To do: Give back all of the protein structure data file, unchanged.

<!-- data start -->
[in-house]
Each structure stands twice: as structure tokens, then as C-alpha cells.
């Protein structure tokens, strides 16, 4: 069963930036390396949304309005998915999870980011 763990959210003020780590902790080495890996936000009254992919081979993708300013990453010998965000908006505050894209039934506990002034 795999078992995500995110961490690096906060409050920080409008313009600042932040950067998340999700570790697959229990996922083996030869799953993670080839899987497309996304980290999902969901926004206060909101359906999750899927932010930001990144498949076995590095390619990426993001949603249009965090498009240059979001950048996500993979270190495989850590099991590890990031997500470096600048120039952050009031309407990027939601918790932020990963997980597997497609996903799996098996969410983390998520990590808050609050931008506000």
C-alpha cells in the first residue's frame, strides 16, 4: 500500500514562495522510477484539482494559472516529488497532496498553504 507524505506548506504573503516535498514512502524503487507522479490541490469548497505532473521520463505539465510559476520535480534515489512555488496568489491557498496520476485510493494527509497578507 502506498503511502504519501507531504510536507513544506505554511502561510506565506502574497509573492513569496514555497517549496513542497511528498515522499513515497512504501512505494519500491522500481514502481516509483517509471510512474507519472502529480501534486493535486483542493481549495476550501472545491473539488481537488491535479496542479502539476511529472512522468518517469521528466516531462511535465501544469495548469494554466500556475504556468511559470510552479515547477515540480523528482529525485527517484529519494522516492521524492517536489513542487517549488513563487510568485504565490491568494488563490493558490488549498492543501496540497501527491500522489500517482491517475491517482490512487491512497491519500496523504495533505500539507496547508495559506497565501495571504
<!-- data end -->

[in-house]
Each structure stands twice: as structure tokens, then as C-alpha cells.
């Protein structure tokens, strides 16, 4: 069963930036390396949304309005998915999870980011 763990959210003020780590902790080495890996936000009254992919081979993708300013990453010998965000908006505050894209039934506990002034 795999078992995500995110961490690096906060409050920080409008313009600042932040950067998340999700570790697959229990996922083996030869799953993670080839899987497309996304980290999902969901926004206060909101359906999750899927932010930001990144498949076995590095390619990426993001949603249009965090498009240059979001950048996500993979270190495989850590099991590890990031997500470096600048120039952050009031309407990027939601918790932020990963997980597997497609996903799996098996969410983390998520990590808050609050931008506000």
C-alpha cells in the first residue's frame, strides 16, 4: 500500500514562495522510477484539482494559472516529488497532496498553504 507524505506548506504573503516535498514512502524503487507522479490541490469548497505532473521520463505539465510559476520535480534515489512555488496568489491557498496520476485510493494527509497578507 502506498503511502504519501507531504510536507513544506505554511502561510506565506502574497509573492513569496514555497517549496513542497511528498515522499513515497512504501512505494519500491522500481514502481516509483517509471510512474507519472502529480501534486493535486483542493481549495476550501472545491473539488481537488491535479496542479502539476511529472512522468518517469521528466516531462511535465501544469495548469494554466500556475504556468511559470510552479515547477515540480523528482529525485527517484529519494522516492521524492517536489513542487517549488513563487510568485504565490491568494488563490493558490488549498492543501496540497501527491500522489500517482491517475491517482490512487491512497491519500496523504495533505500539507496547508495559506497565501495571504